Shippers say high water levels could wash away more than $1 billion in revenues
OTTAWA—Rising water levels in the St. Lawrence Seaway could cost the economy more than $1 billion, shippers and port operators say.
A new study from the Chamber of Marine Commerce warns that opening the floodgates further at a dam in Cornwall, Ont., would wash away between $1 billion and $1.75 billion in revenue for businesses on both sides of the border.
A board of control recently increased the flow at the Moses Saunders Dam—the only control point on the St. Lawrence Seaway, which includes the Great Lakes—to allow 10,400 cubic metres of water per second out of Lake Ontario. The exceptionally high rate follows heavy spring snow melt and rains and record water levels on several Great Lakes.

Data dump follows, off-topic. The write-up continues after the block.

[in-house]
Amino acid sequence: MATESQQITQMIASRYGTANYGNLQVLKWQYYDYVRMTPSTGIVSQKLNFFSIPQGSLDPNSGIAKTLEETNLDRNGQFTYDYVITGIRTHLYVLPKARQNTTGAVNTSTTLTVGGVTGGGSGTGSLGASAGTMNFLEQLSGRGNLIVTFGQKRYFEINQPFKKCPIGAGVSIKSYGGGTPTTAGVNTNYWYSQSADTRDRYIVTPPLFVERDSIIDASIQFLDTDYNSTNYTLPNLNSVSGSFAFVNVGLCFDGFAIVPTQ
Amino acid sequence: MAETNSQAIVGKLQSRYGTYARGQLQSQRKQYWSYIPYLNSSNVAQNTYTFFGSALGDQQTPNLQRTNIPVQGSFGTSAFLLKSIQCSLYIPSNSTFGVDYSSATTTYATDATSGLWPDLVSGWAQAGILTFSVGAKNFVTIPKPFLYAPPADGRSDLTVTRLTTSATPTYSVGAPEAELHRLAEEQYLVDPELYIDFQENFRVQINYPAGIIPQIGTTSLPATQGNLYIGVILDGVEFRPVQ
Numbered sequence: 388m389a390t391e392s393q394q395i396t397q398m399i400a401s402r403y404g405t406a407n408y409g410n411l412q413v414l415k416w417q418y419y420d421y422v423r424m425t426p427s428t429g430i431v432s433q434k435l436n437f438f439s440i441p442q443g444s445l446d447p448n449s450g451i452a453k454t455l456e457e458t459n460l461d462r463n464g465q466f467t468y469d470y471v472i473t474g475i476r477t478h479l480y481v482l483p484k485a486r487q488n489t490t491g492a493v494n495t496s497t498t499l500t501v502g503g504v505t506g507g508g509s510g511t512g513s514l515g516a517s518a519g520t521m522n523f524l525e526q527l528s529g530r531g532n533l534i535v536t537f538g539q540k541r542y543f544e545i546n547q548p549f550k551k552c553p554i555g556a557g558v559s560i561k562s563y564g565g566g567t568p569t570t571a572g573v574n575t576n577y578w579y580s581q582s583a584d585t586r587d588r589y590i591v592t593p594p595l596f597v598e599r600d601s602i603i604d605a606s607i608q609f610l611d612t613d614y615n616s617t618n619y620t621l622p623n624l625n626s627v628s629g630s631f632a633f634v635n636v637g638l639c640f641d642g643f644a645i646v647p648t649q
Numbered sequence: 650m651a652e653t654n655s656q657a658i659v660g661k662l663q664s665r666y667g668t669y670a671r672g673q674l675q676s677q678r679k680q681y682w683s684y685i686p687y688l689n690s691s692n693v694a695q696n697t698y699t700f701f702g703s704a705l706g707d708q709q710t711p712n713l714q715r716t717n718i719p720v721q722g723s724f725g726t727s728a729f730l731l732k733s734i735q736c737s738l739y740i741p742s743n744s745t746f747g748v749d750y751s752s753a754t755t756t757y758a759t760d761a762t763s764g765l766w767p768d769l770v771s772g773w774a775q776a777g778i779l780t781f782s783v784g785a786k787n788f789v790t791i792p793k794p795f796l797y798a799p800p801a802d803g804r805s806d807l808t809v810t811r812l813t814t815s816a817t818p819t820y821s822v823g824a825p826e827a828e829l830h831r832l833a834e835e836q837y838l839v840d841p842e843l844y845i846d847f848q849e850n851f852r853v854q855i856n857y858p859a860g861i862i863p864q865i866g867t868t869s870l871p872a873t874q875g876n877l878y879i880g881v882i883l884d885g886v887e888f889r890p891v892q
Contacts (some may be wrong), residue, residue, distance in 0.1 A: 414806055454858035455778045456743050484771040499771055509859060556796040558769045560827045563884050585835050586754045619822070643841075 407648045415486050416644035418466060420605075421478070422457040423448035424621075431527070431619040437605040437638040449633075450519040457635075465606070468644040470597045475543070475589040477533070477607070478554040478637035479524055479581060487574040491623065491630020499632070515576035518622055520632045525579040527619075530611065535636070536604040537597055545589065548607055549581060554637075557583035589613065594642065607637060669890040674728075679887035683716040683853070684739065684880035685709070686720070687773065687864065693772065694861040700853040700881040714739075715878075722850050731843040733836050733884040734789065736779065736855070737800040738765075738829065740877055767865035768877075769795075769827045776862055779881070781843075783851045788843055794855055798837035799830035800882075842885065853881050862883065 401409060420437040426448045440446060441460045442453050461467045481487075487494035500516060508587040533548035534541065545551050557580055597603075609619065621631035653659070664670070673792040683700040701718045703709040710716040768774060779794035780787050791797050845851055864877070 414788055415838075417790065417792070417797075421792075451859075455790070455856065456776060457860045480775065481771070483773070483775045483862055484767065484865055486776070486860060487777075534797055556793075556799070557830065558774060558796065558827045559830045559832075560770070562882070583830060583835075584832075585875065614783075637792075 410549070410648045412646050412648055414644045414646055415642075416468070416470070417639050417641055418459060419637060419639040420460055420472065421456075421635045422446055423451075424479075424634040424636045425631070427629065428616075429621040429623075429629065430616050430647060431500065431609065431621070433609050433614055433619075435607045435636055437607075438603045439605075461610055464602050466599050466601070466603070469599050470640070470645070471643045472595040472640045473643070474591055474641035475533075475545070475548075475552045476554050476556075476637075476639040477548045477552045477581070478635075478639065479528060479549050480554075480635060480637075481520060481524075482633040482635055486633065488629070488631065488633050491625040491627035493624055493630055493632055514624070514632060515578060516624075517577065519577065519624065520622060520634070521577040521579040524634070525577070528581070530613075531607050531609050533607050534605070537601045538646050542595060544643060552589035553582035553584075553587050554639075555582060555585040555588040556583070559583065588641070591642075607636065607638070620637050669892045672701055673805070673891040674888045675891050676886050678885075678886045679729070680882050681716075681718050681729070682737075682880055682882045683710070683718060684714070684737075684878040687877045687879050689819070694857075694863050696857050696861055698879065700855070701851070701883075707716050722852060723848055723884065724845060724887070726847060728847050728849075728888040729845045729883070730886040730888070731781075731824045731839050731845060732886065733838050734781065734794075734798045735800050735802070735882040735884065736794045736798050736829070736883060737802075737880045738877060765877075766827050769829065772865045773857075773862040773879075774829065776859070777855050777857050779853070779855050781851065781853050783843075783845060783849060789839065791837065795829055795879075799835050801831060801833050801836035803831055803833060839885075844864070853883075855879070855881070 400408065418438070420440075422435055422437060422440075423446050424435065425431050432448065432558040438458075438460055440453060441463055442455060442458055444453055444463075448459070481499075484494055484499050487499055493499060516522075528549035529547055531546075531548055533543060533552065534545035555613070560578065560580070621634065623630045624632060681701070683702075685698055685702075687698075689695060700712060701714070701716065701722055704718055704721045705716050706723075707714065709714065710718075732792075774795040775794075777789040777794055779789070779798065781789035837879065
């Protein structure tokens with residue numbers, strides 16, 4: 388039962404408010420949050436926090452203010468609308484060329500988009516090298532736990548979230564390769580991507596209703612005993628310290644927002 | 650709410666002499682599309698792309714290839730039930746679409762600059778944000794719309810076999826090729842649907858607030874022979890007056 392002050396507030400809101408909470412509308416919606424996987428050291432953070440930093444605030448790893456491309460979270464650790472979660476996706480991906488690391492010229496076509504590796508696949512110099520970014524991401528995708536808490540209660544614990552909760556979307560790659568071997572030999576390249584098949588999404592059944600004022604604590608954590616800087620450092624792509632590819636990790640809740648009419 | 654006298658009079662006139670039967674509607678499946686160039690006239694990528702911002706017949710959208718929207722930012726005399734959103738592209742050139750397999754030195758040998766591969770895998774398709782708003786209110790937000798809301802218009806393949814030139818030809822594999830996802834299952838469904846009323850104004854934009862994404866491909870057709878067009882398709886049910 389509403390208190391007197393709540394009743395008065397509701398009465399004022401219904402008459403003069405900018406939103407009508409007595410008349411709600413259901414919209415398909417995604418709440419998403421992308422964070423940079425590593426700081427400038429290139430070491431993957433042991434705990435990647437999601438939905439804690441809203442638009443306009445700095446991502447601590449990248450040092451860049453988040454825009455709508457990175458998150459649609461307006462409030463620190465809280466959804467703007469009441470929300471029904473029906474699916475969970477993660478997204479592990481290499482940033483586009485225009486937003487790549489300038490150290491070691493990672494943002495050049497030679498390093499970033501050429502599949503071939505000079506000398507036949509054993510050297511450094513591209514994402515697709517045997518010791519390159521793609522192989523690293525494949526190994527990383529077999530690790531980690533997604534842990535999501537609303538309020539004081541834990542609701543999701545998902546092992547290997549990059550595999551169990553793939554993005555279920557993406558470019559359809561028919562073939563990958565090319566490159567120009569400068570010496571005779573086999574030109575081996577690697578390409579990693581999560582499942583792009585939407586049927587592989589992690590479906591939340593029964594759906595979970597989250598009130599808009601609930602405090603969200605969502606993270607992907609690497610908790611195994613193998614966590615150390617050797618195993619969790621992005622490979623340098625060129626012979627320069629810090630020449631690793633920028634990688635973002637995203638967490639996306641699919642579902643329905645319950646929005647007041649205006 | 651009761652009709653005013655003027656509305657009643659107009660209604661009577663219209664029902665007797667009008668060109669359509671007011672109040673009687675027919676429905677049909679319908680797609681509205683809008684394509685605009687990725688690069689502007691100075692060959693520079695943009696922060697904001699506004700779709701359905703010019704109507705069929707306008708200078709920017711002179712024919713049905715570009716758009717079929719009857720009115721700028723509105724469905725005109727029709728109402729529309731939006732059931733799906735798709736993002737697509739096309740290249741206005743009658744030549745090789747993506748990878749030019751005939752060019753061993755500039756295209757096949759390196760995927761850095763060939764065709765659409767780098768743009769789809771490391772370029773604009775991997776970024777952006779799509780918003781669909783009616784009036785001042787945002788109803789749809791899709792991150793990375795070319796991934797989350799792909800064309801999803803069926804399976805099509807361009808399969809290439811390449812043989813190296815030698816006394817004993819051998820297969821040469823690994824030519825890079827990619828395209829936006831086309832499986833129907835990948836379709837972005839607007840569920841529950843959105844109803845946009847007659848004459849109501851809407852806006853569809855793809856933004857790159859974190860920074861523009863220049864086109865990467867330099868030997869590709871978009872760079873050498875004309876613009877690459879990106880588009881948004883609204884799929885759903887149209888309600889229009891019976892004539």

The rapid outflow interrupts navigation on the St. Lawrence Seaway, as swift, swirling currents near the dam slow ships’ movement through the locks.
Bruce Burrows, president of the Chamber of Marine Commerce, estimates it costs businesses up to $4 million for every day it’s in place. The International Lake Ontario-St. Lawrence River Board will consider boosting the outflow this Friday.
“Any flow over 10,400 requires some kind of stoppage—either temporary stop-and-go or full stoppage,” he told The Canadian Press.
“It’s an incremental benefit in terms of additional water being taken out of the system. It pales in comparison to the economic hit,” he stated, saying slightly higher levels could cost businesses $50 million a day in revenue.
Burrows approved of the current outflow—a heightened level that the board opted to maintain last week—due to flood problems for homeowners upstream, but called for a study into water levels and their causes along with a resiliency plan.
Lake Ontario rose to nearly 90 centimetres above average this spring, reaching a record 75.92 metres above sea level before stabilizing. Lakes Erie and Superior also hit record heights.